Protocols for improving sea-level reconstructions in the western Atlantic

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Anastasios Stathakopoulos (Oceanographer) and Lauren Toth (Research Oceanographer) published a new article titled “A revised Holocene coral sea-level database from the Florida reef tract, USA.”

Sea-level reconstruction is a valuable method used by researchers for understanding past sea-level changes. It also provides critical baseline information for projections of future sea-level rise. In the tropical and subtropical western Atlantic, reef-building corals are commonly used as indicators for tracking past sea level.

This collaborative study builds upon nearly 50 years of research conducted by USGS scientists and others by compiling and examining Holocene (the last ~11,700 years) coral-reef core records collected from over 30 locations throughout the south-Florida region (https://doi.org/10.7717/peerj.8350).

The publication characterizes the core records to a new level of detail that is more useful for sea-level reconstruction. It provides new data-screening protocols that can be applied to filter out poor-quality or questionable coral sea-level data, allowing researchers to only incorporate the highest-quality data in their coral-based sea-level reconstruction.

Furthermore, this publication provides a framework for researchers to evaluate coral data-selection criteria and thus increase the robustness of sea-level models from coral-reef locations throughout the western Atlantic.

A scientist holds a piece of a coral-reef core that is over 6,000 years old

This piece of a core sample taken from offshore of the Fort Lauderdale region of Florida is from an elkhorn coral that lived 6,200 years ago. Coral type, orientation of corallites, and evidence of other fauna and characteristics within the core sample are used to determine how reliable the coral sample is to use for past sea-level reconstruction. Here, USGS Oceanographer Anastasios Stathakopoulos points to an assemblage of intergrown organisms that includes vermetid worms (small brown circles), crustose coralline algae (white layers) and encrusting foraminifera (thin pink/purple layers) which encrust the surface of the coral skeleton (off-white color). The presence of these intergrown encrusting organisms helps scientists estimate the depth at which this coral lived. This core is stored in the USGS core archive in St. Petersburg, Florida. (Credit: Meaghan Faletti, USGS. Public domain.)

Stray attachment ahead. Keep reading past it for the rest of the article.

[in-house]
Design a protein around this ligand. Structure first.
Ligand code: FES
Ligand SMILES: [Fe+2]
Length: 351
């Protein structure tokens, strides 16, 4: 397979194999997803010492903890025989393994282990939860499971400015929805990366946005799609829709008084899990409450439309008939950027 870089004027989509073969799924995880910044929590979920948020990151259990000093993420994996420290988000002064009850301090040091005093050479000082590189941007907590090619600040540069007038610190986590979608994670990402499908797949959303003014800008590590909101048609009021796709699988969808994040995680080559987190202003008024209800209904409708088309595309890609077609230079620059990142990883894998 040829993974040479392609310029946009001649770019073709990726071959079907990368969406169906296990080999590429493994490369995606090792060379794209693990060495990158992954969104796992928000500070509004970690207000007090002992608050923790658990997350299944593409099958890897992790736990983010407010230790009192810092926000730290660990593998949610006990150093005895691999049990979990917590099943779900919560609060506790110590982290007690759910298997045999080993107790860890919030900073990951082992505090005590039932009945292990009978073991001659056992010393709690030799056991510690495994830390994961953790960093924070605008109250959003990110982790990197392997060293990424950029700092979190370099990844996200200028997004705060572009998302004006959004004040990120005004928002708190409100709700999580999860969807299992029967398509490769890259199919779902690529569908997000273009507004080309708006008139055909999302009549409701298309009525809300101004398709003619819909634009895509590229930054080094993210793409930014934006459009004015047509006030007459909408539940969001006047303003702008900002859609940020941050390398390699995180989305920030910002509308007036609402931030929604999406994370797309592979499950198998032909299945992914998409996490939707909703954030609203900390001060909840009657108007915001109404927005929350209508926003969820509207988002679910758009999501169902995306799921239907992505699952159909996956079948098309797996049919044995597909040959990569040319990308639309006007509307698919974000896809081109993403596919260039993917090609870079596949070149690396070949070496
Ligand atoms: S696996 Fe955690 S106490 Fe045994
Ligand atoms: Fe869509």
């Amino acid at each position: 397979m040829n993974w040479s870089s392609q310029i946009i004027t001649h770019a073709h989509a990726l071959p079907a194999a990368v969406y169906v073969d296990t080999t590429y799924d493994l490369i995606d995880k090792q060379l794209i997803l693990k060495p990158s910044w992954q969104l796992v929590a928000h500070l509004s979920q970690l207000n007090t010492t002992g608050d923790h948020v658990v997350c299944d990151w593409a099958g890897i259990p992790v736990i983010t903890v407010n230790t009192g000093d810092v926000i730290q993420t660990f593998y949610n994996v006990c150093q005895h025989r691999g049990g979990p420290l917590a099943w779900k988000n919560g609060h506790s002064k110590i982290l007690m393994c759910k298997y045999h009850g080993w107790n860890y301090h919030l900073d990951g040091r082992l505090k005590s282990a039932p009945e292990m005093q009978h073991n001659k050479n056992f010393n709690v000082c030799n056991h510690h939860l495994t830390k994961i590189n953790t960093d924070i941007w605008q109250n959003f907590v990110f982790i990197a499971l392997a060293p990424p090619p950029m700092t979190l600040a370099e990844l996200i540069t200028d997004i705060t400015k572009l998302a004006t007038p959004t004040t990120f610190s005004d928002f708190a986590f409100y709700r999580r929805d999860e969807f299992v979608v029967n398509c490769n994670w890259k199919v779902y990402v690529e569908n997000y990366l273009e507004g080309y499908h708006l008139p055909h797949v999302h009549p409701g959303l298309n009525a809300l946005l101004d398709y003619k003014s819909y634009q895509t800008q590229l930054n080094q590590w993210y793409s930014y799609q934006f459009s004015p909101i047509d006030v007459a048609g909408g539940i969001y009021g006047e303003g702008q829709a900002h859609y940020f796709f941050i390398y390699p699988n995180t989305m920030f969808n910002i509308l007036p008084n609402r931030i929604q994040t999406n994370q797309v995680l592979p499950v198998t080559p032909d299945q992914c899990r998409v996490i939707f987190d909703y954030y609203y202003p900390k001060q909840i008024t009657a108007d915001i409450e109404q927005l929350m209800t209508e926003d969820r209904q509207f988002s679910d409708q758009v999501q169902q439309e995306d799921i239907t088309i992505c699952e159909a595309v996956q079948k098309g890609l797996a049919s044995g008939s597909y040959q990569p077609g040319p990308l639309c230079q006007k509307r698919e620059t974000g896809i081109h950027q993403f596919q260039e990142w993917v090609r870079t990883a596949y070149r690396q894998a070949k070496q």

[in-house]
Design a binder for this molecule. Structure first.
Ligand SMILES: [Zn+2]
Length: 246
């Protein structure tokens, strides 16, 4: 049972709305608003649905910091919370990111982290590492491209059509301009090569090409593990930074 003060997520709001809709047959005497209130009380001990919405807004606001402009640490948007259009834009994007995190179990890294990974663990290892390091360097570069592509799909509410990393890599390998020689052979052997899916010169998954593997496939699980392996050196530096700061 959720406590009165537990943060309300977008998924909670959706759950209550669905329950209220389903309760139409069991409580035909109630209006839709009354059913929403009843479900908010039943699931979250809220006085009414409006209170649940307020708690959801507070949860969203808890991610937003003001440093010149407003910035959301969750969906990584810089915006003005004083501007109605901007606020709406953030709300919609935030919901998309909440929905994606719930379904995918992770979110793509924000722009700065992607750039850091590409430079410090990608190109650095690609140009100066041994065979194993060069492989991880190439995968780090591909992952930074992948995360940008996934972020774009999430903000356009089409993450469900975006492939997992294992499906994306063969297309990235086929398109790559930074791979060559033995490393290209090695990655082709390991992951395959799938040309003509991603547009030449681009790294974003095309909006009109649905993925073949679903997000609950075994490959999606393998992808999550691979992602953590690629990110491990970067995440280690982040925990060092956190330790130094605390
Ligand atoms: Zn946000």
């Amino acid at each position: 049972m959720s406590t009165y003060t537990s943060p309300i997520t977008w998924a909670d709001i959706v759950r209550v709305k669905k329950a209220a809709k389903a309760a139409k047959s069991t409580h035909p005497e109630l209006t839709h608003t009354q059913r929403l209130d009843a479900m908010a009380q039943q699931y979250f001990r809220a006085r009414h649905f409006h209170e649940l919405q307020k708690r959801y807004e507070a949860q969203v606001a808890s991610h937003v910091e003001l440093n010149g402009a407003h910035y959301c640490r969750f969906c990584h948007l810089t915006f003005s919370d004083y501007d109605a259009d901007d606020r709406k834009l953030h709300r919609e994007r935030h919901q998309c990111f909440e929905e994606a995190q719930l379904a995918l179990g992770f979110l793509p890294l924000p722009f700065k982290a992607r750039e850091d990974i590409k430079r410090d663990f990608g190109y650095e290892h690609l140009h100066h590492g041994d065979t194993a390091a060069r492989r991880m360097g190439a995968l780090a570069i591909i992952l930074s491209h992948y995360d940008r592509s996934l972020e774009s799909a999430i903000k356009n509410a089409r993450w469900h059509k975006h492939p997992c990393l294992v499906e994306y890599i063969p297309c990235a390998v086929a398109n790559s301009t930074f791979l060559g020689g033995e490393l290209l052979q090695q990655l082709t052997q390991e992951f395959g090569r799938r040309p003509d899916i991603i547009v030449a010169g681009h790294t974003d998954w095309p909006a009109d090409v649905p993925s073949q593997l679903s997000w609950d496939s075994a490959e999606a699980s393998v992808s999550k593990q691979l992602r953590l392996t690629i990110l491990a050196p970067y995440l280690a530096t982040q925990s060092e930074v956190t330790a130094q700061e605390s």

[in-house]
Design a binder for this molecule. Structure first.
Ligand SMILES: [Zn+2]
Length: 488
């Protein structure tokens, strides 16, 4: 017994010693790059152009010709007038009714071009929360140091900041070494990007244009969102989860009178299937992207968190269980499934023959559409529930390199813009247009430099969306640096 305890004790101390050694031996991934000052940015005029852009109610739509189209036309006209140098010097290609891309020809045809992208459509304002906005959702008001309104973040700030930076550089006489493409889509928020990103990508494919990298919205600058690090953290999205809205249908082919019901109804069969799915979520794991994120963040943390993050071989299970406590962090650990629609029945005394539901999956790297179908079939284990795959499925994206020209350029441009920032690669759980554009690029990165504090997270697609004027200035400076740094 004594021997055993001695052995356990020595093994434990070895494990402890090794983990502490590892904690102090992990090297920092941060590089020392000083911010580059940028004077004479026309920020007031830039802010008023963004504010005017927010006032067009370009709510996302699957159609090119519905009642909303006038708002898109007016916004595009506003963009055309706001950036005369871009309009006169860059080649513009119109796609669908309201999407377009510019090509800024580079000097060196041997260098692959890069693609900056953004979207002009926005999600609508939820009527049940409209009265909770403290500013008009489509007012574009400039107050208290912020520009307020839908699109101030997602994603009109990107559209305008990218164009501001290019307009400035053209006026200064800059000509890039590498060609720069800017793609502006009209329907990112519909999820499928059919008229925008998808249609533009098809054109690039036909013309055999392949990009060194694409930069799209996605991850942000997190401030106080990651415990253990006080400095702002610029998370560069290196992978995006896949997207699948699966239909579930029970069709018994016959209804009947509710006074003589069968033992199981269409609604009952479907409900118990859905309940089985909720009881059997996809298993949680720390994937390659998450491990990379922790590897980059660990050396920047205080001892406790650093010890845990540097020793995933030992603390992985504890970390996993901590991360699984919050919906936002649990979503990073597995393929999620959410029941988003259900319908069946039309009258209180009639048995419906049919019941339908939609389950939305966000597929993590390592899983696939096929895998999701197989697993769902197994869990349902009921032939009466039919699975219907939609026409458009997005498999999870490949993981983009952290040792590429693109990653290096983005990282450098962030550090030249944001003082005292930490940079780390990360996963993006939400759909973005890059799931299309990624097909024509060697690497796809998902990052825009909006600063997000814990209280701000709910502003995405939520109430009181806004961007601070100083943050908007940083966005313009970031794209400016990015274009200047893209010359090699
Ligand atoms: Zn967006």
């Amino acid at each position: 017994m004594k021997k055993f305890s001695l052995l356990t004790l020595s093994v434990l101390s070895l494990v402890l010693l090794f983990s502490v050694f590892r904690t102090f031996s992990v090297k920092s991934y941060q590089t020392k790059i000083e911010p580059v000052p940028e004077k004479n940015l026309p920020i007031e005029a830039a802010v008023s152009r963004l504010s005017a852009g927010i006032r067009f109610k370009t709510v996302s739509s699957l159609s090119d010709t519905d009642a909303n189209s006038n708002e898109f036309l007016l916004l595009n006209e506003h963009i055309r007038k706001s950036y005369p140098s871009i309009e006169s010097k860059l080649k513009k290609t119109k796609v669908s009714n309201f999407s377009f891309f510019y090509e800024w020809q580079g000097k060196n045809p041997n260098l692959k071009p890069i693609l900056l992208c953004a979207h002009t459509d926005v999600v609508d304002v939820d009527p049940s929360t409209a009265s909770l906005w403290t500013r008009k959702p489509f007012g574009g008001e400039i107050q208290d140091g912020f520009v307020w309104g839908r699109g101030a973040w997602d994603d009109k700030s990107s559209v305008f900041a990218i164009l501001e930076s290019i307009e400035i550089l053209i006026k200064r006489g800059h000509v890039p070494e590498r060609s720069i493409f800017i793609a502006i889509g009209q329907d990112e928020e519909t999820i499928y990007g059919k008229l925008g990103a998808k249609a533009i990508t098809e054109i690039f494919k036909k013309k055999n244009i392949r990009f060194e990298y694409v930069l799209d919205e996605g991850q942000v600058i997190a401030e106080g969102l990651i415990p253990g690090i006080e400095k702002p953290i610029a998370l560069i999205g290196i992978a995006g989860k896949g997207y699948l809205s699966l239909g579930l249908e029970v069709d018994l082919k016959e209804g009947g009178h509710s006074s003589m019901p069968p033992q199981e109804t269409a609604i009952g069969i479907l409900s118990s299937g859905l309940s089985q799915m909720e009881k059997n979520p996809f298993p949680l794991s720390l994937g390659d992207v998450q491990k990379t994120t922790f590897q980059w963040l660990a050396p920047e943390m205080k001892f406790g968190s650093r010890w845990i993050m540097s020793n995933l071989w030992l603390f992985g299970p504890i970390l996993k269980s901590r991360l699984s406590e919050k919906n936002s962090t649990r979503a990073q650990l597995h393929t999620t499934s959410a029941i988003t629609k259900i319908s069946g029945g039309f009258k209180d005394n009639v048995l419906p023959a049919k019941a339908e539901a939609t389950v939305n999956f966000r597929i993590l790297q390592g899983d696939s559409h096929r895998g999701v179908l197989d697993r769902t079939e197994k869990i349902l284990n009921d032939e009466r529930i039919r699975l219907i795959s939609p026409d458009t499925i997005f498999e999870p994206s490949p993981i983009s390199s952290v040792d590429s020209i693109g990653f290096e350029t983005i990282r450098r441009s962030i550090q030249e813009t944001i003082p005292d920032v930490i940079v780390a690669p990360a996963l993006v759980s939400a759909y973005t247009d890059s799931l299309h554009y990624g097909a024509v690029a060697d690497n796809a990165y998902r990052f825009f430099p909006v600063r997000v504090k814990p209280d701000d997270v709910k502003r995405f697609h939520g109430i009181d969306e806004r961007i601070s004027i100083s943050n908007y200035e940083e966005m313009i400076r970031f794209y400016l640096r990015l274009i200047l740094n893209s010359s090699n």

Several pieces of coral arranged in rows in a cardboard box

This core sample was taken from an elkhorn coral reef offshore of the Fort Lauderdale region of Florida. Samples from coral skeletons are taken from numerous locations in the core for radiocarbon dating, which tells scientists the age of each coral and of sections within the reef. The corals in this core lived from 7,100 to 6,200 years ago. Coral type, orientation of corallites, and evidence of other fauna and characteristics within the core are used to determine how reliable the coral samples are to use for past sea-level reconstruction. This core is stored in the USGS core archive in St. Petersburg, Florida. (Credit: Meaghan Faletti, USGS. Public domain.)

 

 

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